q --> TomatoPlanet!!
logo

The Blog

Bits and pieces that have been lying around. Sept 14

Catching Up Redux

So there I was, cruising through LinkedIn, trying to catch up with whoever was doing what and bumped into an announcement from the ol' alma mater. It talked about the goings on of alum J.S., class of '14.

Wow, I think, that dude graduated before World War I started! Then the twenty-first century kicked in. Nope, graduated five years ago. My bad.   Top

For All the English Majors

An Esquire headline, via Flipboard: Daniel Craig and his 'No Tie to Die' Stuntman Both Know a Khaki Suit Is Always a Good Idea.

Here's the question: did they drop the 'm' from Time or was there a homonym substitution (die/dye)? Discuss.

And apropos of nothing, I wonder if the estate of Ian Fleming is still getting royalties even though they covered all his James Bond books a long time ago?   Top

Just a week ago..

Well, Hurricane Dorian touched down here a week or so ago. Already in the rear-view mirror. We were fortunate (blessed, even)–some wind and rain, bits of branches, but nothing major. Others, even in the area, fared a lot worse.

While I was sweeping leaves off the patio, I reveled in the perfectly spectacular morning around me–perfect temperature, perfect humidity, deep blue sky. Everything the way it's supposed to be–clean and beautiful. Except of course for the patio, which I was bringing up to par.

So why, I asked myself, do we have to go through a dark, stormy, dangerous period, and all the mess and anxiety, to get to a beautiful, shiny moment like this?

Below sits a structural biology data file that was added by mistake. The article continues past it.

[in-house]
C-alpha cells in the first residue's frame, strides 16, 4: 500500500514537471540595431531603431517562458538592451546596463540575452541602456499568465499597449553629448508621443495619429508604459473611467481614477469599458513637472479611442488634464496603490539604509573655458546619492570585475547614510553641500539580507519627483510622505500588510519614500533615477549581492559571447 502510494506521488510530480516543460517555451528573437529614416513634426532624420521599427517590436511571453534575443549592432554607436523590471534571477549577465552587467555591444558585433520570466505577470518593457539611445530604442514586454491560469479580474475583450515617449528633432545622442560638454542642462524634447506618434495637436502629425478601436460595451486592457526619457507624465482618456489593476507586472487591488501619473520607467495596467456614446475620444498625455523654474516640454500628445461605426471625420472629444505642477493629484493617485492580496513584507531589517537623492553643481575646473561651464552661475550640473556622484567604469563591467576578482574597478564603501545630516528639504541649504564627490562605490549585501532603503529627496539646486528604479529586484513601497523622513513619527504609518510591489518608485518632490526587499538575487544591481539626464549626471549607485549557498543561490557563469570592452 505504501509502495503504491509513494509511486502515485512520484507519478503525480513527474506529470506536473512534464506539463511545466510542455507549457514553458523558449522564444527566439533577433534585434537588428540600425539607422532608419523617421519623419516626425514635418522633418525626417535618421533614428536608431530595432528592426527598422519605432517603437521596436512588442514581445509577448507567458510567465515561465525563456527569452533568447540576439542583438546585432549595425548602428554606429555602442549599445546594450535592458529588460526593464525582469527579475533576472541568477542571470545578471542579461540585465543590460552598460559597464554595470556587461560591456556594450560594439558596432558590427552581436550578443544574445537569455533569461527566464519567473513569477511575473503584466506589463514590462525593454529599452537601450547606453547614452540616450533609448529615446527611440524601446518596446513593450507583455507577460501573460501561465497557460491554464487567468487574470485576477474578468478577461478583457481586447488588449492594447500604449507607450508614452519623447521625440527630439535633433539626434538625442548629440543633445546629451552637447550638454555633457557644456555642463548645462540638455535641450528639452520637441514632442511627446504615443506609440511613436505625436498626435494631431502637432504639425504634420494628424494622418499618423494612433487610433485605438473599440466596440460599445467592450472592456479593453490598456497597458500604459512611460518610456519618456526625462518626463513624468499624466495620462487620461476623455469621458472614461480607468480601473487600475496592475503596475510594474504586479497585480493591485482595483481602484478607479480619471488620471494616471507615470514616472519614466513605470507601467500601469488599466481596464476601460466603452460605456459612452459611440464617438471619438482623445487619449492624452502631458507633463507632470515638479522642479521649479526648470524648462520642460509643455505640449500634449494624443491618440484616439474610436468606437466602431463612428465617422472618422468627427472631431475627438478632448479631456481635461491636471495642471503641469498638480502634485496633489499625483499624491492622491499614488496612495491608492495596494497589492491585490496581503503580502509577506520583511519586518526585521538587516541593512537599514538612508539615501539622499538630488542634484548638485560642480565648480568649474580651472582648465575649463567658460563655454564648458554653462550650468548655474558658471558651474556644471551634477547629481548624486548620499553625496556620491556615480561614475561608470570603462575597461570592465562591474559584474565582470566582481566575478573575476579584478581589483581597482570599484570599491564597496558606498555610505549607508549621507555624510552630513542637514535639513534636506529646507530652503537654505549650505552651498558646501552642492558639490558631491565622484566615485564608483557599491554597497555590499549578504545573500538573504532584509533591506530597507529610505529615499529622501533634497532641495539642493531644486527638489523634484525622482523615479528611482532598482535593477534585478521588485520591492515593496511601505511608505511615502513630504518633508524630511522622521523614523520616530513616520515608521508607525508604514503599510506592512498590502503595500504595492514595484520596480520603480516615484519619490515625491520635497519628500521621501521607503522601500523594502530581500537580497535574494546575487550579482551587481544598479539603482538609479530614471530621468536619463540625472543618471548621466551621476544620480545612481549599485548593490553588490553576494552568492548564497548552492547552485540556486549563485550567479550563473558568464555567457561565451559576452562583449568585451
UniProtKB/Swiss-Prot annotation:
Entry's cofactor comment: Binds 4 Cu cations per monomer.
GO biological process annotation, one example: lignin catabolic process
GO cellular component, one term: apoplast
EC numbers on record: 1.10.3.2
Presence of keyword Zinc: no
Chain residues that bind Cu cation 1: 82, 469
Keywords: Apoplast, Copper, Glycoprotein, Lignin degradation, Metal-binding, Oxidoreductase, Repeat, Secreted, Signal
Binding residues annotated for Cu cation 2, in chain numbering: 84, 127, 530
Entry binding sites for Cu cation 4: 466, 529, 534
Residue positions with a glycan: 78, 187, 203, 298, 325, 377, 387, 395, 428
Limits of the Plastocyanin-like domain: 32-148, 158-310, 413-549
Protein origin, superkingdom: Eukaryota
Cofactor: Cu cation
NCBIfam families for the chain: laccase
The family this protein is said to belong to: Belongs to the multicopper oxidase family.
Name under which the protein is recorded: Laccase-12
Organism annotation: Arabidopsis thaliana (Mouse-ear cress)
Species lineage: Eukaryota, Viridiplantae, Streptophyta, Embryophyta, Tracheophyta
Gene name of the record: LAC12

I wondered if there's a message there for life–much angst and trouble to get to the joy and delight on the other side. I didn't think about it too hard, though. I didn't want to ruin the day with too much thought.   Top

Whatever happened to...?

  • Megyn Kelly
  • boat refugees in the Mediterranean
  • Farmville (the game, not the town in Virginia)
  • Branson, Missouri
  • Haiti
  • the opioid crisis
  Top

Apt.123

There are many ways to have a relaxing vacation.

Apt.123

Fred the Flower

It's the problems we never think of.

Fred the Flower

Fortnightly T-Shirts

Sometimes it's a mug, sometimes a meme, sometimes it's funny. But the price is always right.

T-shirts you just can't buy.

Poetry Corner

Hermes

Hey–it could have been that way.

They sure kept those gods

In ancient Greece busy.

Multi-taskers, all of ‘em.

The god of this, the god of that,

The god of this and that

And that too.

All reporting to the god Zeus,

Who seemed to be the god of

Impulsive fits of anger,

Picking fights with gods, titans and humans,

Unprotected sex

And delegating.

Hermes was a particularly busy god,

if you go by the titles.

Messenger, protector of travelers,

Inventor of roads and speech,

Conveyor of souls to the underworld.

An inventive guy

As befits a messenger

The inventor of language,

The only god allowed

Both under and above ground,

Interpreter, liar, trickster and thief.

He probably invented them all too.

You would think that,

As interpreter and liar and trickster and thief

As maker of words,

He would also be

The god of love.

But two gods (full-time!)

Already claimed that beat.

You would also think that Hermes

Would be the god of rumor too.

But no, that was Ossa.

I bet they had races to see

Who got there first with the story.

I bet Ossa usually won.

Hermes had shoes

Sprouting wings from the sides

To indicate,

Symbolically,

That he was really fast.

He was, and could even keep up

With Sunrise,

Although I doubt they raced.

Hermes had a hat.

It had wings, too.

Hermes’ brain didn’t go

Any faster than the rest of him,

Unless he needed to concoct a lie

On the spot.

Then his brain could fly,

Faster than the sun,

Faster even than Ossa.

The Romans rebranded Hermes,

Even named quicksilver,

An unstable metallic liquid

Deadly if swallowed, impossible to contain,

After him, no doubt

Because the areas of his purview–

Interpreter, liar, trickster and thief–

Display the same properties.

We should probably thank Hermes

For making life interesting.


...the spirits are about to speak

they said it

Two today.

The great thing about absurd logic is that it fits any situation.